Fourteenth New Hampshire Regiment Company A Roster

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This is a work in progress (this is not a complete roster). If you are a researcher and have a Web page of anyone on this Roster and want a link on this page or have any information to add please eMail me with the information and the source.

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Post and Read Queries  ~~~  Post and Read Records

Name Researcher(s)

James B. MASON, Lieut., son of John, Jr., a graduate of Dartmouth College, in 1871, lived in youth at in Sullivan; promoted to 1st lieutenant, in Co. A, U. S. Colored Troops; severely wounded in the mine explosion at Petersburg, Va., July 20, 1864, losing an arm; resided at So. Lancaster, Mass. after the war.

Source #2

Charles C. WILSON, Sergt.; son of Chas. Franklin Wilson, enlisted Aug. 13, mustered in Sept. 22, 1862, as a private; appointed sergeant, Feb. 27, 1864; killed, Sept. 19, 1864, on the battle-field of Opequan. He was not killed in the action, but brutally murdered by a Confederate officer, as he lay on the field, wounded in the ankle, not being able to follow his retreating regiment. A wounded comrade lying near him overheard this young officer exclaim: "Here is a good pair of boots. I will have them. They are just what I need." He then began to pull a boot from Wilson's wounded leg. Unnaturally excited by the pain and terrible situation in which he then was, Wilson gave the officer a smart kick with the foot of the other leg, which he richly deserved, but which caused him, in rage, to thrust his bayonet through Wilson's neck and pin him to the ground. It was a horrible and unnecessary sacrifice, but one of the terrible things incident to war. His body was buried, with many others, in a common trench, and the state of New Hampshire has erected a very fine monument over their common grave. It bears this inscription: NEW HAMPSHIRE ERECTS THIS MONUMENT TO THE MEMORY OF HER BRAVE SONS OF HER 14TH REGIMENT, WHO FELL IN BATTLE, SEPT. 19, 1864, UPON THIS FIELD, AND ARE HERE BURIED IN ONE COMMON GRAVE. Then follow the names, among which is that of SERGT. C. C. WILSON. There appears also the name of his warm friend, Lieut. Jesse A. Fiske of Dublin. Young Wilson was a graduate of the Kimball Union Academy of Meriden, in 1859, and one of the brightest young men of the town. His cruel fate was a blow to his father's household from which no one of them ever recovered. They have all joined him in the higher life. His father caused his name to be inscribed upon a fine monument erected in his lot in Meetinghouse Cemetery, II. 1. His name is, of course, upon the Soldiers' Monument in Sullivan, as well as upon that on the Opequan battle-field, making three monuments upon which his name is inscribed.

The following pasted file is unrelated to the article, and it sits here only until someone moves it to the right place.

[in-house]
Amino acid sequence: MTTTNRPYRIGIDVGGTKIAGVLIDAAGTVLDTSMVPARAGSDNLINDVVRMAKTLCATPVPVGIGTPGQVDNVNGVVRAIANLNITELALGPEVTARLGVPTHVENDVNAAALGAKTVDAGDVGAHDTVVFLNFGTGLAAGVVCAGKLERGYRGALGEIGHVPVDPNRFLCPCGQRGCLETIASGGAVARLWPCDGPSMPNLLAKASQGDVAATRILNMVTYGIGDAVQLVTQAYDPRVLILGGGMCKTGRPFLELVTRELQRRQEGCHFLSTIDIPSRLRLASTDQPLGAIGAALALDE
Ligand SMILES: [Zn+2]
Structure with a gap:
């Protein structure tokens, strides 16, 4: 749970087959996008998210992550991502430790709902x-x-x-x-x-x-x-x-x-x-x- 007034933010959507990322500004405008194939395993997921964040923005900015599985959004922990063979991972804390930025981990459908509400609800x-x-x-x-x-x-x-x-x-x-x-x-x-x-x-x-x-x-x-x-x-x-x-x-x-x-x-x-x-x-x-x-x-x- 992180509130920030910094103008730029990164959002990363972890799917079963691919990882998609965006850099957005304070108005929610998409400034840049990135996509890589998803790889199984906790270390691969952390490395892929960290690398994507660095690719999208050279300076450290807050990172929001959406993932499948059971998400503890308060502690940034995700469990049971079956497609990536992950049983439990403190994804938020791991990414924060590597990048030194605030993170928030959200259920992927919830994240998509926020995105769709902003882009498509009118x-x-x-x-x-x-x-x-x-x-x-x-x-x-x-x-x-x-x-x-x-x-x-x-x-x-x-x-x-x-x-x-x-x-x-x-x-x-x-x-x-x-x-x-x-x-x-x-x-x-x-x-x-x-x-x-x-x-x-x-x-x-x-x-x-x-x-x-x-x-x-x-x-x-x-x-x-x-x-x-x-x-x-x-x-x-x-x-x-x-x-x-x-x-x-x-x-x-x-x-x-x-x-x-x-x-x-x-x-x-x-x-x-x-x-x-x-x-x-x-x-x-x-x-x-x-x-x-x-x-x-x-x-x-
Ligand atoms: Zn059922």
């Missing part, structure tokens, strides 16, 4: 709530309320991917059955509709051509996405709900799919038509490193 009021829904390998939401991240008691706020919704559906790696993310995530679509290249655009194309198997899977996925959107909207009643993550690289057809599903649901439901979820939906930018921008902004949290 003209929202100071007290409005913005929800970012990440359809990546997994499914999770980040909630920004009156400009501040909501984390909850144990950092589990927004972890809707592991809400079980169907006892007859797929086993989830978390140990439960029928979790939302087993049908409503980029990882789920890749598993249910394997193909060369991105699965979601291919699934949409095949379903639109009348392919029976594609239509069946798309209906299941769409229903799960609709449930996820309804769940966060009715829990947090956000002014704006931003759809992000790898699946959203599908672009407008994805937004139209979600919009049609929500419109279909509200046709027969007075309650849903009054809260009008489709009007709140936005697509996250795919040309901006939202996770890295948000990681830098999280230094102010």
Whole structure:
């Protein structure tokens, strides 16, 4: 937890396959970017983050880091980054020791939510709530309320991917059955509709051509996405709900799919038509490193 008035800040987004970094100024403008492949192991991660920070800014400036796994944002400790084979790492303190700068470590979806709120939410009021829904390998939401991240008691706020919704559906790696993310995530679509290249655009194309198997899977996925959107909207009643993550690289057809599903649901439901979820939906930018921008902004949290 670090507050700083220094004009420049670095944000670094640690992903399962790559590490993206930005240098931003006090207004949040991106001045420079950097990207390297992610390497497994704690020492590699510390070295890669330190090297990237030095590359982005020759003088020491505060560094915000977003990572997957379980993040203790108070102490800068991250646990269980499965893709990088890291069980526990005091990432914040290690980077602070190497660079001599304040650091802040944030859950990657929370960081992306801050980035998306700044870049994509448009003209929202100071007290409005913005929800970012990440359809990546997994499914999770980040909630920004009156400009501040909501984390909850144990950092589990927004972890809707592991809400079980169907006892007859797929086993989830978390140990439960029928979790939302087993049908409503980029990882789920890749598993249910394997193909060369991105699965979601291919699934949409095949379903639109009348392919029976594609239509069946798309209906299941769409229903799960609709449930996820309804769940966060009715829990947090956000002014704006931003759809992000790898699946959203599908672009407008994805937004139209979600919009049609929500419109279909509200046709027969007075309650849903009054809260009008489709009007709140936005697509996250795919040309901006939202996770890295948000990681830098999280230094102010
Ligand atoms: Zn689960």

Source #2

George Osgood WARDWELL, Corporal; enlisted, Aug. 16, mustered in, Sept. 22, 1862, as a private; appointed corporal, Jan. 1, 1865; mustered out, July 8, 1865. He is a carpenter and builder and resided at Keene.

 
   

Frederick M. ADAMS, Private, resided Dublin, NH; enlisted Sept 22 1862; age 21; mustered out July 8 1865 Savannah, GA.

Source #3

John AMSDEN, Private, resided Hinsdale, NH, enlisted Sept 22 1862; age 44; Transferred to Company G, 24th Infantry Regiment RC June 6 1864; discharged June 28 1865 Washington, DC; his widow, Sarah J. Amsden, applied for pension #266740 03 June 1880.

Source #3

James W. CORBIN, credited to Charlestown, Sullivan; transferred from Company B, Nov 1862, mustered out July 8, 1865

Source #2

Russell T. HOLT, Private, of Sullivan; enlisted Aug. 16 1862, mustered in Sept. 22, 1862 He died, June 21, 1863, in a hospital at Washington, D. C. His body was returned and buried in Meetinghouse Cemetery, II. 6. His wife had reached him before his death, at Washington. The funeral was at Sullivan.

Source #2

George W. MARSTON, who lives on the Amos Wardwell, Jr., farm; enlisted, Aug. 15, 1864, for one year, from Marlow; mustered. out, July 8, 1865.

Source #2

Edwin T. NIMS, Private; of Sullivan; son of Nahum, enlisted Aug. 16 1862, mustered. in, Sept. 22, 1862; died of disease, at Offutt's Cross Roads, near Poolesville, Md., Dec. 18, 1862, only four months after his enlistment. His body was brought to Sullivan and buried in Meetinghouse Cemetery, in Lot, II. 2. The date of his death in Ayling's Register is wrong.

Source #2

Isaac W. RAWSON, son of Charles, born Sullivan; served three years; resided Westmoreland after the war.

Source #2

David L. RICHARDSON, Private; enlisted, Sept. 13, 1862; mustered out, July 8, 1865, after a service of nearly three years.

Source #2

Henry D. SPAULDING, was working in Surry when he enlisted and unfortunately was credited to that place, although his home and family were in Sullivan. He enlisted Aug. 13, mustered in, Sept. 22, 1862, as a private; He died of disease at Natchez, Miss., July 11, 1864, and his body was buried in the national cemetery at that place, in grave 120. He and his brother, Dauphin Spaulding, 2d of Company C, were the only sons of Dexter Spaulding, who, stricken with sorrow at their loss, yet braced himself to bear the trying ordeal and said that he wished that he had two more such sons for his country's service.

Source #2

Source(s):

  1. The History of Hillsborough, New Hampshire (1885); transcribed by Fred Kunchick

  2. A History of the Town of Sullivan, New Hampshire, Vol 1.,  Rev. Josiah Lafayette Seward, Privately Published, Keene, NH, (1921); transcribed by Fred Kunchick

  3. Register of Soldiers and Sailors of New Hampshire 1861-65. Published in 1895; transcribed by Fred Kunchick


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